his speaker, a South African who had just flown in from Johannesburg, started her own plenary session by expressing joy and excitement at finally being able to visit Africa for the first time.
In 1997, I was a researcher and translator at the French Institute for Research in Africa (IFRA), a French government-owned research funder in the humanities and social sciences based at the University of Ibadan. One of our research streams was entitled, "Youth, Street Culture, and Urban Violence in Africa". For three years, more than fifty commissioned African and Western scholars worked on the theme, using case studies from Africa's capital cities. We decided to end that research cycle with a conference on the theme in Abidjan, Cote-d'Ivoire.
One of our featured speakers, a South African, arrived Abidjan a few hours to the opening of the conference, having flown in overnight from Johannesburg. This speaker, a South African who had just flown in from Johannesburg, started her own plenary session by expressing joy and excitement at finally being able to visit Africa for the first time. You could cut the silence in the room with a Nigerian butcher's knife. The speaker didn't even realize the slip and continued with a brilliant speech. That was my rude introduction to South African exceptionalism, the subject of a book I've been working on for some time now with my co-writer and brother, Babs Fagbayibo.
That South African, visiting Africa for the first time in 1997, was white.
I was a Visiting Fellow at IFAS, the French Institute of South Africa, based in Johannesburg. Colleagues at Wits University and the University of Johannesburg (then RAU) periodically cashed in on my presence for lectures and seminars. During a seminar at Wits, I decided to wear a brand new "ole n tele afaa" that my tailor had made back in Ibadan. Lively international audience, lively questions. One graduate student, a South African, asked a question that was not directly related to the subject of my seminar presentation. He admired what I was wearing. He loved African fashion, he told me. Then: "is this how people dress ordinarily in Africa or are you wearing this because you consider a seminar a special occasion?"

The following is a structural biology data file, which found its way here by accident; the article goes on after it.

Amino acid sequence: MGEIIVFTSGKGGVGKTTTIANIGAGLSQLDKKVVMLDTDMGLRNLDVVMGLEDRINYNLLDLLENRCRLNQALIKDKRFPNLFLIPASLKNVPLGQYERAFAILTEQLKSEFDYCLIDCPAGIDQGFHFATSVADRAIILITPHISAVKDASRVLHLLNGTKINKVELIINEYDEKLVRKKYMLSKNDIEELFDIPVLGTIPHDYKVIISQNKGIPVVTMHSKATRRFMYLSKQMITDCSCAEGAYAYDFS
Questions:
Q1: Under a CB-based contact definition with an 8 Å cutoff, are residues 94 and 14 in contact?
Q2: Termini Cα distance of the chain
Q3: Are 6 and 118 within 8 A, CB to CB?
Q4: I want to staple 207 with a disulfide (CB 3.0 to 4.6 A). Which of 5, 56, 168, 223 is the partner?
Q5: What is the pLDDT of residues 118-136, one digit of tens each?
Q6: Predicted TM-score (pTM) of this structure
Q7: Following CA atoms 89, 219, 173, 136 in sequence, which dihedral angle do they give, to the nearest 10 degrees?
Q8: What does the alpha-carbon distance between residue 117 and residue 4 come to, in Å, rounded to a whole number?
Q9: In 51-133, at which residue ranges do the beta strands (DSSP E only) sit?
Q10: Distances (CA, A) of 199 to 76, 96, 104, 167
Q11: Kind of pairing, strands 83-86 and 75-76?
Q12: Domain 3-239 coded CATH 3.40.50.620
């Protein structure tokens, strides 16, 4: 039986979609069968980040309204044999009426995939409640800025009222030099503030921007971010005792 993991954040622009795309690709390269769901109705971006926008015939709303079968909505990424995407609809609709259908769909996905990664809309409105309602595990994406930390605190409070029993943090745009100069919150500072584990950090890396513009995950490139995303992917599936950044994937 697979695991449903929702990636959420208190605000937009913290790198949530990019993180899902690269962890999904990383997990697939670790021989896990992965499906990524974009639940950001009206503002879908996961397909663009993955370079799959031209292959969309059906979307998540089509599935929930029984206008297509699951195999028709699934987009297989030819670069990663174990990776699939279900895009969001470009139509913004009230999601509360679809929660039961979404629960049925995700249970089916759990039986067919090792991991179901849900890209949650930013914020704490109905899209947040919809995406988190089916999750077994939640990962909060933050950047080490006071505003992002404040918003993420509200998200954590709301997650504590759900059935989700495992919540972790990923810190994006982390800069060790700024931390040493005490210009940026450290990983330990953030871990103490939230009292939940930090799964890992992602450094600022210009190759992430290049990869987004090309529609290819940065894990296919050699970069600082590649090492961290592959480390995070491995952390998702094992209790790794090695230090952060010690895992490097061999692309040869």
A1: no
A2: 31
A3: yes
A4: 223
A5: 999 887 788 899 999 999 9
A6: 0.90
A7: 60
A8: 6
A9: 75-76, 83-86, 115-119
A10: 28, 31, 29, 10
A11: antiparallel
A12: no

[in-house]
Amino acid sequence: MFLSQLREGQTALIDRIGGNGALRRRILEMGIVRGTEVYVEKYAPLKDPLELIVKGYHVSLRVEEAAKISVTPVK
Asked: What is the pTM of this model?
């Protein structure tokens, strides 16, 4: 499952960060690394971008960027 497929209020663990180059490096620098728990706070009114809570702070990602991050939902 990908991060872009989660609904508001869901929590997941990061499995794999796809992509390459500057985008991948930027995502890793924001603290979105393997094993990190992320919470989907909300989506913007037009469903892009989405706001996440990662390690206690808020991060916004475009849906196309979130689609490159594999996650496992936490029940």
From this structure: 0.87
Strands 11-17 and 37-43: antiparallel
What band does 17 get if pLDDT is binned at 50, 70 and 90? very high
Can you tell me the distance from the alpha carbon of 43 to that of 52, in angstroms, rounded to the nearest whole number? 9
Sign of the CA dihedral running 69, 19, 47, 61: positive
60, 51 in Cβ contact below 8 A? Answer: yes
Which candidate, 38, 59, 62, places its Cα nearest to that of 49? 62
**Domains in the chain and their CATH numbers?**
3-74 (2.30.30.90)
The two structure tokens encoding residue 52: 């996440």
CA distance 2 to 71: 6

The South African who wanted to know how people dressed in Africa was black.
I was still in South Africa when President Bill Clinton embarked on a swing across Africa, visiting five or six countries, including South Africa. Excitement was palpable. The media was abuzz: Clinton was coming to Cape Town! On radio, on TV, every pundit, without the slightest trace of irony, discussed "President Clinton's visit to Africa and South Africa"
South Africans who were excited about Clinton's visit "to Africa and South Africa" were of every race.
These three scenarios speak to a South African national imaginary of exceptionalism which explains in part, only in part, the demonology of the African other or the othered African now playing out in the streets of Durban and Johannesburg.
Of course, the delusion that you are not part of Africa, that you are not of Africa, and are therefore somehow superior, is no justification for xenophobia and murder. It only partly contextualizes and nuances it for the unwary who do not know where all this is coming from. You shouldn't have to not demonize and kill those black foreigners just because you now know that you are African just like them and they are Africans just like you.
You shouldn't have to demonize and kill at all just because we are all humans. Our common humanity is more important than our common Africanhood.
But, all the same, the leaders of South Africa must understand that this is crunch time. They are either going to have to physically relocate that country to a spot midway between Europe and the United States in order to properly belong to the imaginary they desire or attend to the urgent task of mass re-education to help citizens understand that:
You are in Africa.
This is Africa.
White, Black, Indian, if you are South African, you are an African.